12 Figure 6: The ratio of success is defined by having either scored a goal within 30 seconds or not. 3.2 Optimization and Performance The forward kick was optimized to reach an average distance of around four meters. Though this is not near the optimized fixed based forward kick that we optimized to be able to achieve around twelve meters, the kick is substantially more reliable and is able to get a kick off when another agent is close. In the one versus two scenario previously described, the agent is able to get the kick off fast enough that the secondary opponent can not catch up. Even in the case where the secondary agent does catch up, the attacking agent is able to kick past the goal with good consistency. Kicking naively did not achieve optimal results as oftentimes the goal would stop the ball and the defender would catch up and trip up the offensive agent before being able to achieve another kick. We then focused on the idea of kicking only when there is enough time to do so. This proved to be the best method for scoring in the one versus two scenario achieving a success rate of.56 with an opponent starting.5m behind the offensive agent whereas dribbling only succeeded with a rate of.34, and the fixed effector kick with a.28 rate of success. Each run over 60 iterations, this proved to be a statistically significant result that showed that the kick could actually be used appropriately in such a situation. Though the existence of a situation does not necessarily imply a great step as that situation may not be entirely significant, we can also argue that the ability to be able to kick under pressure is the main objective towards kicking effectively. If we have enough time to do so, using an effector based skill that has been optimized and waiting to position correctly would be the appropriate action, but this is much less often the case during a game, especially under the circumstance that the other opponent can not be beaten by only dribbling through its agents. Another evaluation we performed was an optimization behavior we defined as drive ball to goal where the agent starts next to the ball at the center of the field and scores as quickly as possible. The fitness is then evaluated as 12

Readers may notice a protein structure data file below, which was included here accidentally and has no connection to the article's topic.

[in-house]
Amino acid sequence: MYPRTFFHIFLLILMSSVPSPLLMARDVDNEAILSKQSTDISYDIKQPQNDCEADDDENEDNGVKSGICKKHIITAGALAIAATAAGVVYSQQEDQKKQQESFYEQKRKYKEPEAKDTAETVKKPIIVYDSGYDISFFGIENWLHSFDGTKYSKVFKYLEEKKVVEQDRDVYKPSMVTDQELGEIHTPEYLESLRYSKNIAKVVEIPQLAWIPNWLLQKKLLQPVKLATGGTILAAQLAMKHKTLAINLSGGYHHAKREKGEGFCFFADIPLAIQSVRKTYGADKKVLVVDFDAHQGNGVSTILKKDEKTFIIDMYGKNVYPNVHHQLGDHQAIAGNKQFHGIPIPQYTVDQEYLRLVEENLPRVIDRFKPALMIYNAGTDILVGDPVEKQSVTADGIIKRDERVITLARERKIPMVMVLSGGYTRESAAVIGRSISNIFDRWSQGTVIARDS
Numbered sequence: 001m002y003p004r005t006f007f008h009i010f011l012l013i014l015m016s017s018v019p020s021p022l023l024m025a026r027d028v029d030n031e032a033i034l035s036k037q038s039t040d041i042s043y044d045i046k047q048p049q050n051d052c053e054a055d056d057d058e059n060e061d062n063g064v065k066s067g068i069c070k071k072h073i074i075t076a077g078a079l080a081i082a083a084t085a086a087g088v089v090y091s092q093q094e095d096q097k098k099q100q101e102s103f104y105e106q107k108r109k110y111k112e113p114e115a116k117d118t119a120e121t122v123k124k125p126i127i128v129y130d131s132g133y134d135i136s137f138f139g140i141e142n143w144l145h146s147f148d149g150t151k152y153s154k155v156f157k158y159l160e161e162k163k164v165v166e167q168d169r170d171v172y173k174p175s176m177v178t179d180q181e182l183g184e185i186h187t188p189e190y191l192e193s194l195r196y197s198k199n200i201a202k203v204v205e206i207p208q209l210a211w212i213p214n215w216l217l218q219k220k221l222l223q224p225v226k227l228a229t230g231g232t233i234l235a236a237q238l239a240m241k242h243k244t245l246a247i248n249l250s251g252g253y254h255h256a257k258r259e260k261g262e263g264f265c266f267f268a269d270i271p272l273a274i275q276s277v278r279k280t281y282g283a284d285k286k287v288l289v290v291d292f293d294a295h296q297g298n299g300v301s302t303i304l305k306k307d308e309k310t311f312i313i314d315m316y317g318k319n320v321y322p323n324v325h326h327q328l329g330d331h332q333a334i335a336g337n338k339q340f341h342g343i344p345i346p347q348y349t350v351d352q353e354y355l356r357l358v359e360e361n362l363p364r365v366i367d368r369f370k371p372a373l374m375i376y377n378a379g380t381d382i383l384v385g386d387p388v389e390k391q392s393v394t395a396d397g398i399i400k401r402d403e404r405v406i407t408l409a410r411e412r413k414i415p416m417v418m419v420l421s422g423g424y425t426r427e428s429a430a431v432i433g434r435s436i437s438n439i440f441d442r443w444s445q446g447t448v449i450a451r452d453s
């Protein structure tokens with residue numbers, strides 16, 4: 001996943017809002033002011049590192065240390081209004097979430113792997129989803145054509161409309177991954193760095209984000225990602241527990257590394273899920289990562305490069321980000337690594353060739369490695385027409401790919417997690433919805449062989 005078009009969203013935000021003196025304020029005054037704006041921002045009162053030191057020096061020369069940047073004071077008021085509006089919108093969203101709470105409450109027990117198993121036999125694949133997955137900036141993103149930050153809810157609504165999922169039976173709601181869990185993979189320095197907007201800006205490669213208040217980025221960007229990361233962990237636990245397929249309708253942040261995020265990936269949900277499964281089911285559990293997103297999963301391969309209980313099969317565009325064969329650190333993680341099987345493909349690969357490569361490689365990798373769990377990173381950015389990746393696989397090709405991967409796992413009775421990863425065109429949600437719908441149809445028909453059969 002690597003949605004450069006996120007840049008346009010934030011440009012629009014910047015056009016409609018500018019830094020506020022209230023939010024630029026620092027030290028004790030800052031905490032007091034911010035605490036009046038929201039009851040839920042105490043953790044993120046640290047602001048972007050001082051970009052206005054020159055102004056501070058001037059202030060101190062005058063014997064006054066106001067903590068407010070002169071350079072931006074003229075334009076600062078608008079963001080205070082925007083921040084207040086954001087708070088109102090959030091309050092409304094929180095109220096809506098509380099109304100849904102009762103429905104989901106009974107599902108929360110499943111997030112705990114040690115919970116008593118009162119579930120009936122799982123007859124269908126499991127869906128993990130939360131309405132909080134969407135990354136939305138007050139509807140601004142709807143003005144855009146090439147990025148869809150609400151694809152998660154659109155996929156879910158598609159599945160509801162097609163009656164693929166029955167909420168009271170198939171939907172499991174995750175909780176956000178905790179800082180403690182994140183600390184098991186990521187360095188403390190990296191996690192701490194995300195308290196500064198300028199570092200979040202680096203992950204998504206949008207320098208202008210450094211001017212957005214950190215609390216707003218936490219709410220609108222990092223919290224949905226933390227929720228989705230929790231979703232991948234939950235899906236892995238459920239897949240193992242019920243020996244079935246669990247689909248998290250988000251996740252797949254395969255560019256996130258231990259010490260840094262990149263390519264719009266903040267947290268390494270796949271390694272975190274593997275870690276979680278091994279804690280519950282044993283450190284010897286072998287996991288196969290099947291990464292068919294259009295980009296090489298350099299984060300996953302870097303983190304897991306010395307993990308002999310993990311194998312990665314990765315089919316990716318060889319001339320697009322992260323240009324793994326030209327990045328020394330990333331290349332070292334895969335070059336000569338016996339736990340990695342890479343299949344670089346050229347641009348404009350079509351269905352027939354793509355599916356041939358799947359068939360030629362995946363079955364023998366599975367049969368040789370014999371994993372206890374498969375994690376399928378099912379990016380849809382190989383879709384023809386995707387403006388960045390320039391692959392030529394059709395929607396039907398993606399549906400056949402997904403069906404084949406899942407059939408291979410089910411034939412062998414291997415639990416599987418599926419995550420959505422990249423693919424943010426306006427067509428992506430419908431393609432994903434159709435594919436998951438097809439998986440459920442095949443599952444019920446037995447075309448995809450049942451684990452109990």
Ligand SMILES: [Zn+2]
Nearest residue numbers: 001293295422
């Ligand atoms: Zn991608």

13 Figure 7: The amount of time taken to get the ball to the goal in number of seconds. the time that it takes to make a goal. The expected behavior is that if a kick is good enough, the able should be able to kick the ball far away, sprint to it, and continue the process until the goal is scored. This should be expected to work better than just dribbling the ball, but running 500 iterations for each dribbling, kicking with the inverse kinematics quick kick, and kicking with an optimized fixed effector based kick, we found that the kick did not achieve what we hoped for. In some ways this is expected in that the optimized inverse kinematics kick can achieve around four meters at a time, and as the distance to the goal from the start is 10.5m, three kicks would essentially have to be executed, thus causing the agent to accelerate down to and from the kick back to a sprint. Thus, dribbling still presented better results. The fixed based effector run did not do well due to it s inconsistency and effect of having to stand relative to the ball much more precisely. It did achieve extremes of almost instant goals due to being able to score directly from the starting position in extreme cases. We evaluated all runs penalizing for sending the ball out of bounds as in a normal game, and with out of bounds not having any effect and restarting the run if this occurred. This allowed us to compare consistency and especially the situation where the strong fixed effector kick would kick over the goal and out of bounds. Without allowing for out of bounds dribbling scored in an average of seconds, using the inverse kinematic kick took seconds, and using the strong fixed effector kick it achieved an average of seconds. Again, the difference in the strong kick versus the quick one is strongly skewed by the ability to score directly from the start, and though this is an interesting point to look at, it does not provide all of the aspects of what we are looking for in that distance is not the most important metric. We also ran one hundred games against four of the best teams in the simulated league (Apollo3D, Cit3D, Boldhearts, and RoboCanes) using both an agent that could kick and one that would only 13